The Financial "Crisis"

The longer the debate goes on, the more I don't like it.

I'm not the only one - part of the problem is that we were told "act quickly, or the opportunity will disappear!" by Paulson. It has the feel of a VERY high-pressure salesman, looking to get his hands on your cash, before you have the chance to think about it.

SC Conservative (just added to the blogroll) has a breakdown that gives voice to some of my feelings.

I'm not seeing activity that gives me the feeling that The Sky is Falling, The Sky is Falling - at least, not for real.

The major issue we have right now, in the greater Charlotte region is the lack of gas. We have been hard hit by the offline Galveston refineries - many stations limit customers to 10 gallons. With my husband and I having a daily commute to Charlotte of about 30 miles each way, it's been challenging. School activities have been limited for the duration of the shortage, if they involve the need for transportation.

Really, the argument for NOT funding a bailout is that:

Those of us who are ants really don't want to give the grasshoppers another excuse to NOT learn their lesson. Sometimes, it's the lessons that hurt the most that you need to learn.

I feel strongly that those who lived the high life need to get a wake-up call:

  • You don't own your house if you had 100% financing
  • You don't own your car if it's leased
  • If you bought your possessions on credit, they AIN'T really YOURS
  • and, most importantly, if you can't save each month because all your money is committed to paying creditors, you need to reduce your inflated standard of living.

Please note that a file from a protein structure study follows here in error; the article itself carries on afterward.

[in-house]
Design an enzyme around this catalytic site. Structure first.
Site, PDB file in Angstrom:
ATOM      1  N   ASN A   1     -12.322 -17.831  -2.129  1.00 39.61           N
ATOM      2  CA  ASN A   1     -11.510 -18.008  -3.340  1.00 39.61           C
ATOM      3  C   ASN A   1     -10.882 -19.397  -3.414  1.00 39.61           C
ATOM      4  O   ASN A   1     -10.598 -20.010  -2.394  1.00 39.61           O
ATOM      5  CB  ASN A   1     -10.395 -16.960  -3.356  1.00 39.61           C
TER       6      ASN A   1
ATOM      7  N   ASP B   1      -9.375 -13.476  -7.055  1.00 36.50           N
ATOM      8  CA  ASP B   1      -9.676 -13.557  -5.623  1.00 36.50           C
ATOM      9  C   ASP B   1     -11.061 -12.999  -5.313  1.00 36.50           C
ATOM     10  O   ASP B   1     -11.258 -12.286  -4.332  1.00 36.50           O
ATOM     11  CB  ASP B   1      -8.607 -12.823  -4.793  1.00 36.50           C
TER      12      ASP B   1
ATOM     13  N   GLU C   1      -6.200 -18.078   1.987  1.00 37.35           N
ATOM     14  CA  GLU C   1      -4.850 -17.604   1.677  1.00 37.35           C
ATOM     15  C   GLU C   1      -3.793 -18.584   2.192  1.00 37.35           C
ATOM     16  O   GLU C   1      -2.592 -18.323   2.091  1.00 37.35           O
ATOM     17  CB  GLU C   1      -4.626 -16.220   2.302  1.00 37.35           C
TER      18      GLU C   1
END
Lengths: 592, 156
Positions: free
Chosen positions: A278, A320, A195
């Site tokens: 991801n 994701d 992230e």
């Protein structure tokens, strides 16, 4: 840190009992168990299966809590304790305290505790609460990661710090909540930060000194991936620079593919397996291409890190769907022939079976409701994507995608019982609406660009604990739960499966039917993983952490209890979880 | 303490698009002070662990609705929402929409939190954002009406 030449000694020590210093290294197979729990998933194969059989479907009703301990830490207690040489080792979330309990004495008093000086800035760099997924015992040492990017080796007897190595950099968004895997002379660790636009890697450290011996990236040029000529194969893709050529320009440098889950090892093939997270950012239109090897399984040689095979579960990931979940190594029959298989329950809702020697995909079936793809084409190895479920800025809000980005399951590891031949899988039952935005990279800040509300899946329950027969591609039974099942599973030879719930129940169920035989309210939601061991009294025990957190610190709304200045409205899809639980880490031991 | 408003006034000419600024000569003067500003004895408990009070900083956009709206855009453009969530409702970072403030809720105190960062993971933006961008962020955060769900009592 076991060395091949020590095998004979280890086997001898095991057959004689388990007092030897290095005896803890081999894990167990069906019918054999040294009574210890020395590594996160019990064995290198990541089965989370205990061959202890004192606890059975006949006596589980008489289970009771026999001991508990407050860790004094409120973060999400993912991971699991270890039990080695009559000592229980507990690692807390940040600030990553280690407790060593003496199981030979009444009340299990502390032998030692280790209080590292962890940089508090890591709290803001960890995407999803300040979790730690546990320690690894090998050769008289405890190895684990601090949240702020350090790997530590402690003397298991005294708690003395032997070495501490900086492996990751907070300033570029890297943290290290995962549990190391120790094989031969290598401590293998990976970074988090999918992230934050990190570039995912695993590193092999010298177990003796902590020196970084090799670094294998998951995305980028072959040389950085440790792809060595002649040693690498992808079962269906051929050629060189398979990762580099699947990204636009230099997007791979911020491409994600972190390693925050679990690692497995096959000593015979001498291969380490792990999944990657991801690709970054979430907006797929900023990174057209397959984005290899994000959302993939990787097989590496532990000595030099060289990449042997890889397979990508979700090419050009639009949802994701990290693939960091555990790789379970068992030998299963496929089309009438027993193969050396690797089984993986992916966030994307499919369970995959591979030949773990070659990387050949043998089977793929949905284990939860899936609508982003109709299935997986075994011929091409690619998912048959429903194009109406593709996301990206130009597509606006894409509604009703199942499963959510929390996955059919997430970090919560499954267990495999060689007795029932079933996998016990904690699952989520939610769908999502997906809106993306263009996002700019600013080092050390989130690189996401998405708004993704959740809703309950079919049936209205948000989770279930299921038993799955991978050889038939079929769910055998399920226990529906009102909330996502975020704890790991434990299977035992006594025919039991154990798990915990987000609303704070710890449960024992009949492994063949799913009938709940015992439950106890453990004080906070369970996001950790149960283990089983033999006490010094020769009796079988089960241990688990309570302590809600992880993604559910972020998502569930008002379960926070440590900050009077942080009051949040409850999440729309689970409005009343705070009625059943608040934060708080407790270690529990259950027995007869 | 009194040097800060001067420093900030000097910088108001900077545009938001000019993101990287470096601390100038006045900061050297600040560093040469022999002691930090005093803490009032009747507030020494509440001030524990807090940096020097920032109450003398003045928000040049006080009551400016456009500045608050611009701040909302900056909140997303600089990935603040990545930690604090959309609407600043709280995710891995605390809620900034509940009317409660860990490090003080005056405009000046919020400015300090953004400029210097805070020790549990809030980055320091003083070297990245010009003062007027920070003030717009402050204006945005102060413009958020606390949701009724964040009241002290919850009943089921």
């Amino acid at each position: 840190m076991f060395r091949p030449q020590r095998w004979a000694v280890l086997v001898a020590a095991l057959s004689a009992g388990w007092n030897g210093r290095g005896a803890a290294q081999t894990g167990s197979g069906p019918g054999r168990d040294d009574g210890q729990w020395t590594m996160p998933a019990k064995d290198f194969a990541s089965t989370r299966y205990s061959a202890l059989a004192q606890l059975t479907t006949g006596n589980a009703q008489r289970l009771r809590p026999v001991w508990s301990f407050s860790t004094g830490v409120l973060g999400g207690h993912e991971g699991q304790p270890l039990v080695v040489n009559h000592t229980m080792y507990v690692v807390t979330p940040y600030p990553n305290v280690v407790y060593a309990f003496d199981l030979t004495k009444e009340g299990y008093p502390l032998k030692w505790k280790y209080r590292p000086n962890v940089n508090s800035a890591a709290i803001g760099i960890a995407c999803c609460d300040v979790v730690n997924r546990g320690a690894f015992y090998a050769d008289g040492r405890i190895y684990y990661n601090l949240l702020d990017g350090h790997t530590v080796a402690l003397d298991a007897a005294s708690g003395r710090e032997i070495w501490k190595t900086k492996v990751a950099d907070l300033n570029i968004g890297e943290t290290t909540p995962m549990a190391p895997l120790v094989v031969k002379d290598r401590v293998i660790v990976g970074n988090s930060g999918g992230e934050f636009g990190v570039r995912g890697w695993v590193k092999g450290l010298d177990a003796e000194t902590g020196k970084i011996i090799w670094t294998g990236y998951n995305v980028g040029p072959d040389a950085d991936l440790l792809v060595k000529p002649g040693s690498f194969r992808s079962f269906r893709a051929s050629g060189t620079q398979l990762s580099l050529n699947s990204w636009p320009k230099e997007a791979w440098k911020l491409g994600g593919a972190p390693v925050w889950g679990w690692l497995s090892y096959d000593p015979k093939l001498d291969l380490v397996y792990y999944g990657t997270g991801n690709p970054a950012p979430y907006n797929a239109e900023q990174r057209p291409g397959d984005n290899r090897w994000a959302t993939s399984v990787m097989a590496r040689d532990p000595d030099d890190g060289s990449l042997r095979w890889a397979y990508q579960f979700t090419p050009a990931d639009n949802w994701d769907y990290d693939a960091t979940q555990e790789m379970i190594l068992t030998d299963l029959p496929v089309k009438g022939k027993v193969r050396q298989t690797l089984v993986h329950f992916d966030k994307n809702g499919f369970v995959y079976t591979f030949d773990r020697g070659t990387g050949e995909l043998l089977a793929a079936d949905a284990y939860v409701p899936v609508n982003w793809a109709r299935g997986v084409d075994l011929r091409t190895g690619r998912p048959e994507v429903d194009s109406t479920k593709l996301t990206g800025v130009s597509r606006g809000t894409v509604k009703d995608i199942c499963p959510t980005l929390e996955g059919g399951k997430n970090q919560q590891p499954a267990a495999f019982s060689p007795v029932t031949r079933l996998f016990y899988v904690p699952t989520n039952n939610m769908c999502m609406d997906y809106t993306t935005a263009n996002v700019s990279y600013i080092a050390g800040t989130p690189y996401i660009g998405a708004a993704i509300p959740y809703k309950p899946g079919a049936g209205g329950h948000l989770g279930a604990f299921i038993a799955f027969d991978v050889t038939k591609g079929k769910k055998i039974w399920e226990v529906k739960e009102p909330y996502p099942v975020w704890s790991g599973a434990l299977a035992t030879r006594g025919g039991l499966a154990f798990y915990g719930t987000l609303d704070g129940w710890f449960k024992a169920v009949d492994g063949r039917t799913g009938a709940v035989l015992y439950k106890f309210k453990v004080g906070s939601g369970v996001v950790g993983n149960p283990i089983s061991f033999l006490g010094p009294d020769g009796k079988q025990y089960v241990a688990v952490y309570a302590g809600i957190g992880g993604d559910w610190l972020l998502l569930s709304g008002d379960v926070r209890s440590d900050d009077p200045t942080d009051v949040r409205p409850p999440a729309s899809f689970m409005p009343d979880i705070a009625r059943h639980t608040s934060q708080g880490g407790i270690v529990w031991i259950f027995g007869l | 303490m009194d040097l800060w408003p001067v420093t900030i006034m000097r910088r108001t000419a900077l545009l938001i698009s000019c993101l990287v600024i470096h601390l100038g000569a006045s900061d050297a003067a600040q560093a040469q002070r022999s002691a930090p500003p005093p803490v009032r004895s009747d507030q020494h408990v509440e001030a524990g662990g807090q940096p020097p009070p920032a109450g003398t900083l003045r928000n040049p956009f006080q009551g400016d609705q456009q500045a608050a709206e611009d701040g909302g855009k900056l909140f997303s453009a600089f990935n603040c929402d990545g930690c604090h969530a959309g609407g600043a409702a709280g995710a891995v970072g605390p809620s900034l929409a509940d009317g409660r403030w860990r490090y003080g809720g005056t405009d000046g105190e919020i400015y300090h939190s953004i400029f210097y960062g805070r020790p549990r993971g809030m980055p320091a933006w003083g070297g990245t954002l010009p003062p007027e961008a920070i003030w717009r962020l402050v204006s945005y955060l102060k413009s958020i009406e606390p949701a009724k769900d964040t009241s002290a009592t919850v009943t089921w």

I just say that Amber woman (from the Scott Peterson case) on the TV the day before yesterday. She was telling a reporter that she had lost her home to foreclosure. She paid a half million dollars for it in the first place. What kind of an idiot buys a house that her REAL income won't support? By real income, I mean don't count on the money from your temporary "fame" to last - she was a brief celebrity. What she really was, was a blue-collar single mom. And, once the fame train left, she was still standing at the station.

Without cash. But, with new bills.

Some of these bankrupt people were making less than $60,000 a year from all sources. Yet, they bought homes 2 or 3 times as expensive as what I have - and my income is about twice theirs. It was a massive case of self-delusion, enabled by the very guys who now want protection from their credit-pushing actions.

I wouldn't mind setting up a fund that gives any foreclosed person a few months rent money. That would be charitable. But we don't OWE them anything.

Except our pity.


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